With coronavirus travel restrictions in place and many cities locked down, the bar, restaurant and entertainment scene in China has essentially been dead during the outbreak. Likewise, shopping malls, hypermarkets and supermarkets have cut opening hours and are seeing very low traffic.
At the same time, however, consumer demand has prompted many traditional offline stores to launch online-to-offline (O2O) and delivery services—a sign that the COVID-19 epidemic may dramatically accelerate the ongoing move of consumer goods sales to online channels.
For a first-hand view of this trend, Bain partnered with Alibaba Tmall to analyze online shopping from the Lunar New Year (January 25) to February 6—the period that roughly coincided with peaking public awareness and increasing government quarantines and travel restrictions, which began with the suspension of travel in and out of the city of Wuhan on January 23.
Using e-commerce sales data provided exclusively to Bain by Alibaba Tmall, we divided fast-moving consumer goods into four categories and measured their performance against the comparable holiday period from last year, with the same methodology used in Bain’s 2019 China Online Shopper Report, published jointly with Alibaba Tmall.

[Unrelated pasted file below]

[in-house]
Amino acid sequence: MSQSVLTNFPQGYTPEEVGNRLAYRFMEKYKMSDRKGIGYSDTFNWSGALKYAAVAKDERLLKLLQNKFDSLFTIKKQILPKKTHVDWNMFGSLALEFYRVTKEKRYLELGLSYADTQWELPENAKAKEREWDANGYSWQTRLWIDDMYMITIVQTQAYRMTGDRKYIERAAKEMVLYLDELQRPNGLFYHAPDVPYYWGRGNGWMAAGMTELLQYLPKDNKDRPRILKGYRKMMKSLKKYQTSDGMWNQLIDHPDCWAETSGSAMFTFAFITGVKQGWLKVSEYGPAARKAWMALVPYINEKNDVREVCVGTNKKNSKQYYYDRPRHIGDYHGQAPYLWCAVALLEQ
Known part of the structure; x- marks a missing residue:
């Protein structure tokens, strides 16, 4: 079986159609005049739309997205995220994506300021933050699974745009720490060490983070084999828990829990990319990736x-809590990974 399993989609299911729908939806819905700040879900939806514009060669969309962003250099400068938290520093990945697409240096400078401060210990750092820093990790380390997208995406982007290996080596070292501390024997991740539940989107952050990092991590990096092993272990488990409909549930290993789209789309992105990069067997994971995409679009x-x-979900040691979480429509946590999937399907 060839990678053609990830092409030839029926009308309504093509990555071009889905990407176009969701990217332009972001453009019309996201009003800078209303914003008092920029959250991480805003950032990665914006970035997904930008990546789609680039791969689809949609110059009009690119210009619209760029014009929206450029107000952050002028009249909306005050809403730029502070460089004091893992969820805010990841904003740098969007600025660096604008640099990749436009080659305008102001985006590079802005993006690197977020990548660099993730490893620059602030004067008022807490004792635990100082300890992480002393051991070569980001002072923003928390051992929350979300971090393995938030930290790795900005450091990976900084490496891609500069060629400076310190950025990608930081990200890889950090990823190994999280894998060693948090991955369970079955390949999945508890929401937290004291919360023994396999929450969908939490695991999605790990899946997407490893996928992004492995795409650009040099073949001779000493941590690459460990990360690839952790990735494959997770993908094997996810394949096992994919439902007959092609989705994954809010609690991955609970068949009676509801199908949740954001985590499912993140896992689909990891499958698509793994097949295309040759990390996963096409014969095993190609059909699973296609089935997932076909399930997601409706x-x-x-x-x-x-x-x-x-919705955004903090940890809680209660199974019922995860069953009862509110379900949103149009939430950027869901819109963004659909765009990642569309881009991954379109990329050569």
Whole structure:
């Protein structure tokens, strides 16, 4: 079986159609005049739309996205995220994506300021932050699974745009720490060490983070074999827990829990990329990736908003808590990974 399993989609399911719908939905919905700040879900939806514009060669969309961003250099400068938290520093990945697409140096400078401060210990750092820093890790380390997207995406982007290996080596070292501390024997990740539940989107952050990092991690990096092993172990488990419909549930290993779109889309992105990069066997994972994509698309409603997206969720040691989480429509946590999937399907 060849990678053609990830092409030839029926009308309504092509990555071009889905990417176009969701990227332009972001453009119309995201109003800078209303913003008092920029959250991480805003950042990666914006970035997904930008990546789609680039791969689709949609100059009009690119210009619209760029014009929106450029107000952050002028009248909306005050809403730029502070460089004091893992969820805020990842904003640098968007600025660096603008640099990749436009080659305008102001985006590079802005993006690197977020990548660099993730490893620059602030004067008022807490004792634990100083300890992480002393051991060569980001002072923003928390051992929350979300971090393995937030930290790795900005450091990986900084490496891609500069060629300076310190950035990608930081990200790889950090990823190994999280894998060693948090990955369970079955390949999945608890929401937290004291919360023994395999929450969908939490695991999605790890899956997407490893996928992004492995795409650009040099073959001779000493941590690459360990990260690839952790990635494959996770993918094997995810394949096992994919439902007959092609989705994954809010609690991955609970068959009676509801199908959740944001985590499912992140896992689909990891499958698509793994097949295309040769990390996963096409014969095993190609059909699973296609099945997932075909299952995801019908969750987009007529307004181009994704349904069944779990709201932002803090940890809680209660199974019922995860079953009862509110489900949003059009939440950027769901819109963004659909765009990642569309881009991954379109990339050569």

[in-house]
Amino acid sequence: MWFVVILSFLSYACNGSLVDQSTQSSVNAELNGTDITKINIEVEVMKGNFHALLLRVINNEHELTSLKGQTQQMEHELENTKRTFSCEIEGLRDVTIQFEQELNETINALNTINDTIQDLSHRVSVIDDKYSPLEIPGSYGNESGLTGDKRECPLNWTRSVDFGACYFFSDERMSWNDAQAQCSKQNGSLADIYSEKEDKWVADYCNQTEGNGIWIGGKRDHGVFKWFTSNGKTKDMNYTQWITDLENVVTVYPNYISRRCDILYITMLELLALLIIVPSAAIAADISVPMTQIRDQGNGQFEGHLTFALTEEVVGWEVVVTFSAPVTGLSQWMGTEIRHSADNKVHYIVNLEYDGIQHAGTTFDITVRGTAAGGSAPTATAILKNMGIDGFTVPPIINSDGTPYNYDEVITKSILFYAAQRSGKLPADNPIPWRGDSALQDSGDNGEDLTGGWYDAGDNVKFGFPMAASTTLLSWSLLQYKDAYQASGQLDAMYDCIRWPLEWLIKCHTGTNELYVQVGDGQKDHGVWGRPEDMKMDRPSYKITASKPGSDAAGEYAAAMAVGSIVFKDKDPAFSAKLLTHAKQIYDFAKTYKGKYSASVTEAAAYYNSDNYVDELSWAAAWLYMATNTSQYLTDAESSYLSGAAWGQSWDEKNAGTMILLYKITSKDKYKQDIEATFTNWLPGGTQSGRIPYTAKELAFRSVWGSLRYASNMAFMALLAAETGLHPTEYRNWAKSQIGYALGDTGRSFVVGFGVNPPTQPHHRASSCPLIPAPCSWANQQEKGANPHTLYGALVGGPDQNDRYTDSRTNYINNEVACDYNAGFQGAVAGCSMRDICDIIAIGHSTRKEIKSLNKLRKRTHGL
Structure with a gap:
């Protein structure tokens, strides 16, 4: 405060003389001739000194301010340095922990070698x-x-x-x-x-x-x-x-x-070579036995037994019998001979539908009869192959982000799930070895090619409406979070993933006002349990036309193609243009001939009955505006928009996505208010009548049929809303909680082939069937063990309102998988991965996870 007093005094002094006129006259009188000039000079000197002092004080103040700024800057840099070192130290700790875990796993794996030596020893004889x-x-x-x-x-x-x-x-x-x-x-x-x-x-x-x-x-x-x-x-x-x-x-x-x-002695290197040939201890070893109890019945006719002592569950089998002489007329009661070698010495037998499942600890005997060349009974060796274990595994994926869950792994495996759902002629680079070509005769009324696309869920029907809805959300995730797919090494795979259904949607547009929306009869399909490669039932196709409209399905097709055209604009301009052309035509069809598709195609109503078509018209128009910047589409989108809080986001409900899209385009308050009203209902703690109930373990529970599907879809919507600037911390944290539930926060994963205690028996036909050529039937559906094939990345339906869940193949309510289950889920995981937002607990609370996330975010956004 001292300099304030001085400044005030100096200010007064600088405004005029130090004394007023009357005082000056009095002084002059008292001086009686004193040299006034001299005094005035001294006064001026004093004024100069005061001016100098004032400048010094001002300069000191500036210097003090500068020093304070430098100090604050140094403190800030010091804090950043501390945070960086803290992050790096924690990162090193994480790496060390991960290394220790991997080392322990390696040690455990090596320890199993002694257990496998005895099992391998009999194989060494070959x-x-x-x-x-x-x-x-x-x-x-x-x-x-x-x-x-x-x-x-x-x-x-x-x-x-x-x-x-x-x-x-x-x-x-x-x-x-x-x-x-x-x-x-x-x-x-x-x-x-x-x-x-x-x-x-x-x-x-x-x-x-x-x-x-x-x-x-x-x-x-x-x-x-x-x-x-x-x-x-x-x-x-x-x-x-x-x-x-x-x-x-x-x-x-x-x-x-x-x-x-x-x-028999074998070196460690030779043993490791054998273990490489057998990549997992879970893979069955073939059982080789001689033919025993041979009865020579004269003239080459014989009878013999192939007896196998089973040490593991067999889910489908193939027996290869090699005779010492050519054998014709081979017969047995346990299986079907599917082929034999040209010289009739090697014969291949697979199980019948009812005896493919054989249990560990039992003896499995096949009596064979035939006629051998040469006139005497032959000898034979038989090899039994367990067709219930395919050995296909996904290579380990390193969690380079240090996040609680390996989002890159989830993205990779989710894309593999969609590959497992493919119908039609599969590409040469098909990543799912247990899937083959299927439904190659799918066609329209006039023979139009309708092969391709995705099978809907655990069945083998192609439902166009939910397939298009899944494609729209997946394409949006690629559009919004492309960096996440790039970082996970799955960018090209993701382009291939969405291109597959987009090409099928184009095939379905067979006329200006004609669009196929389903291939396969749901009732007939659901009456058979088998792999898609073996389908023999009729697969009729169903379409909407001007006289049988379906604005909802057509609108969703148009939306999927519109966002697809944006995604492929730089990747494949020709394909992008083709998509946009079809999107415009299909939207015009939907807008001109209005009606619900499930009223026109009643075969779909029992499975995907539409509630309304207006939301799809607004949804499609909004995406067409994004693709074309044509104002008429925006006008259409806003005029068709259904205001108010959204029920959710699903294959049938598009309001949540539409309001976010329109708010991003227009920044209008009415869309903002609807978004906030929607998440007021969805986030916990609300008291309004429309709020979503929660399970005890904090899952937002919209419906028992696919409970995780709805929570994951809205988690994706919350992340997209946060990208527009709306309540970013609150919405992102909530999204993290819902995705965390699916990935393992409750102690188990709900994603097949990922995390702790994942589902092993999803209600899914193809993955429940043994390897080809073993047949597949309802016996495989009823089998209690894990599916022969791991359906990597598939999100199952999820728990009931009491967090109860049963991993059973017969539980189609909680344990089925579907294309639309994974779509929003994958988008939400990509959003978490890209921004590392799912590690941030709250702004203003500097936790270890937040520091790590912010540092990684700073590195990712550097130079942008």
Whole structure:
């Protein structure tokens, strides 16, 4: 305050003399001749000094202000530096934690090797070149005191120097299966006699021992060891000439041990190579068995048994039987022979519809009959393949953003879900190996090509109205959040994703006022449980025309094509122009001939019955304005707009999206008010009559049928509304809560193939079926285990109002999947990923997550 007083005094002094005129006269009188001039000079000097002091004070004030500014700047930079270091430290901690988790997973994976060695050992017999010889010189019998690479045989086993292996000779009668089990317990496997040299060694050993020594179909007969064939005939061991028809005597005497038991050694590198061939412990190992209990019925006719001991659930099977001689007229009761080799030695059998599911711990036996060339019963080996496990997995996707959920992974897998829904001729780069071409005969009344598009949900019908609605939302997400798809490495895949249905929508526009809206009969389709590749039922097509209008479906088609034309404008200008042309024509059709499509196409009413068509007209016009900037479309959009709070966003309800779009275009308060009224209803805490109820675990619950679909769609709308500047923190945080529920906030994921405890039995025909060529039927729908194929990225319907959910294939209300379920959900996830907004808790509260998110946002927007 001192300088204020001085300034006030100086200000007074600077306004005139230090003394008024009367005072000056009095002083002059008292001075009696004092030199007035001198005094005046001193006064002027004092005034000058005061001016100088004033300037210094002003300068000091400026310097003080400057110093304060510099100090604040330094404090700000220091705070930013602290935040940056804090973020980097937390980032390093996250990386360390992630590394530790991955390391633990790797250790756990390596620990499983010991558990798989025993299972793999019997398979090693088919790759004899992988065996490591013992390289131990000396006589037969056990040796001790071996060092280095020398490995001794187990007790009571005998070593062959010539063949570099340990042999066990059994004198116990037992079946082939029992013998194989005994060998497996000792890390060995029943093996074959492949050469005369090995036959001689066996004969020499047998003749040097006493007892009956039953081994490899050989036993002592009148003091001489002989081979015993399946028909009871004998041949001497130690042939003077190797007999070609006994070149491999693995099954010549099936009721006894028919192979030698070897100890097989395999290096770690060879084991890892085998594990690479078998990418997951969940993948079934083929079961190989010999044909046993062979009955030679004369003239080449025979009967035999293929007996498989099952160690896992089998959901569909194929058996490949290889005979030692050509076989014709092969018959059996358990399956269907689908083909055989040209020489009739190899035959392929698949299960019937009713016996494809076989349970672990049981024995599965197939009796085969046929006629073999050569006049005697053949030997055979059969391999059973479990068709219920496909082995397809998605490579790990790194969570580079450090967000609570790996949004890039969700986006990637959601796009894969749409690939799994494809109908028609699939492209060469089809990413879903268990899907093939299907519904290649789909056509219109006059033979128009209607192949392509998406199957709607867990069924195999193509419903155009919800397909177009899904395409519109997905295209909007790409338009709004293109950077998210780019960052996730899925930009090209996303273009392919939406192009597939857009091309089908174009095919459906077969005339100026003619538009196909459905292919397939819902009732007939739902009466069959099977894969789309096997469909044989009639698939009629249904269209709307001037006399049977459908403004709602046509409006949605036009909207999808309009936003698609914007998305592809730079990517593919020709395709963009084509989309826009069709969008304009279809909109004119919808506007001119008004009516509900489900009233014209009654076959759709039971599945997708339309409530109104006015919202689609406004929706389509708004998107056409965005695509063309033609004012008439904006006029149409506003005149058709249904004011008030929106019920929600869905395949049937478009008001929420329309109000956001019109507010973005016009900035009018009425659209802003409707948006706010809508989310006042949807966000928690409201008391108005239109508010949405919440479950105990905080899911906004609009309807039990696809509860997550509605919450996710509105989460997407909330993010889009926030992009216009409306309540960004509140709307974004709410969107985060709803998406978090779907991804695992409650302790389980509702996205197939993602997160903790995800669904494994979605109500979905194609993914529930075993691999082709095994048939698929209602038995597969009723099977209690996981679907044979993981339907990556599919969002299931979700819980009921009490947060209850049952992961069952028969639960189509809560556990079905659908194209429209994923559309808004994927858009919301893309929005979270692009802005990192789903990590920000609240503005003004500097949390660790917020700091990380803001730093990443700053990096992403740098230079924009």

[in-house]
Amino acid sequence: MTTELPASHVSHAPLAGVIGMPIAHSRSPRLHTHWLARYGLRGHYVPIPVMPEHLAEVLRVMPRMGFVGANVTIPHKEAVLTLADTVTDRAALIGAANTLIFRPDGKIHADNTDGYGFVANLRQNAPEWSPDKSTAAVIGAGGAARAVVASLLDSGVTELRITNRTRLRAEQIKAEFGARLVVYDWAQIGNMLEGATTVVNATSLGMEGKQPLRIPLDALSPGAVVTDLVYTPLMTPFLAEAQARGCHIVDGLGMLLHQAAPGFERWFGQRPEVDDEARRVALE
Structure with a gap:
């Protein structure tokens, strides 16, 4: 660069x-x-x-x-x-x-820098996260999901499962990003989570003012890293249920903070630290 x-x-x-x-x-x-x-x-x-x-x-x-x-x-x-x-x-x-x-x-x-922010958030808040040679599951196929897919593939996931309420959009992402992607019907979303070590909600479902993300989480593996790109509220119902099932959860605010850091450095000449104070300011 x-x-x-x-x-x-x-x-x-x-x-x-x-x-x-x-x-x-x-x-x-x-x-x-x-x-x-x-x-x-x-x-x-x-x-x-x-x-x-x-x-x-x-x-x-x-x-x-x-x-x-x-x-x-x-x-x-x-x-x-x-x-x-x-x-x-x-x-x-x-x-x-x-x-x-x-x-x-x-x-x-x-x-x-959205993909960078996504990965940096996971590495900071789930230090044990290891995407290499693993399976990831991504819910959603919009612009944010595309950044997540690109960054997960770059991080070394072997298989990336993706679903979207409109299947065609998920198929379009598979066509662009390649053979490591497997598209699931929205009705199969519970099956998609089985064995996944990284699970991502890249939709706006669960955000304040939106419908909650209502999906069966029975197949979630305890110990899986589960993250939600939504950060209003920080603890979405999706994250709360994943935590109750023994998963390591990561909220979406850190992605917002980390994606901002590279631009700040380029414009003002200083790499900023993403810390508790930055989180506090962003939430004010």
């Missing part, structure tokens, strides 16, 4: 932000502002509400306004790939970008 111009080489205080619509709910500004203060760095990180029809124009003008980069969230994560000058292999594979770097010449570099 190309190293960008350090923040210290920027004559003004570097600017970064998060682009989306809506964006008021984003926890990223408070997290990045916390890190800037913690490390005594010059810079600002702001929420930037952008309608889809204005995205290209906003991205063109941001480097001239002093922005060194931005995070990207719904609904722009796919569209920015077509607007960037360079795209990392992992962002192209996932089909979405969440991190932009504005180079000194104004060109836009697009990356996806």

The first chart above shows dramatic shifts: the gross merchandise value (GMV) of daily essentials and short-term stock-ups (such as instant food and home hygiene products), which traditionally have low online penetration, increased 50% to 150% from last year. Shortages also caused a buying rush in some cases. A few products, such as infant food, that already have high online penetration, nearly doubled in GMV.
Discretionary purchases—spirits, beer, dairy products—remained about the same. But GMV for social, nonessential products, many of which have relatively high online penetration (such as cosmetics, skin care and luxury products), declined substantially.
For the most part, Bain expects that postepidemic consumption recovery to follow patterns similar to the 2002–2003 SARS outbreak. That’s likely to mean a steep sales decline for medicines and home hygiene products, a quick return to normal consumption for food and cosmetics, and a surge for apparel, cigarettes and some other items.
The author thanks Elle Yang for her contribution to this analysis.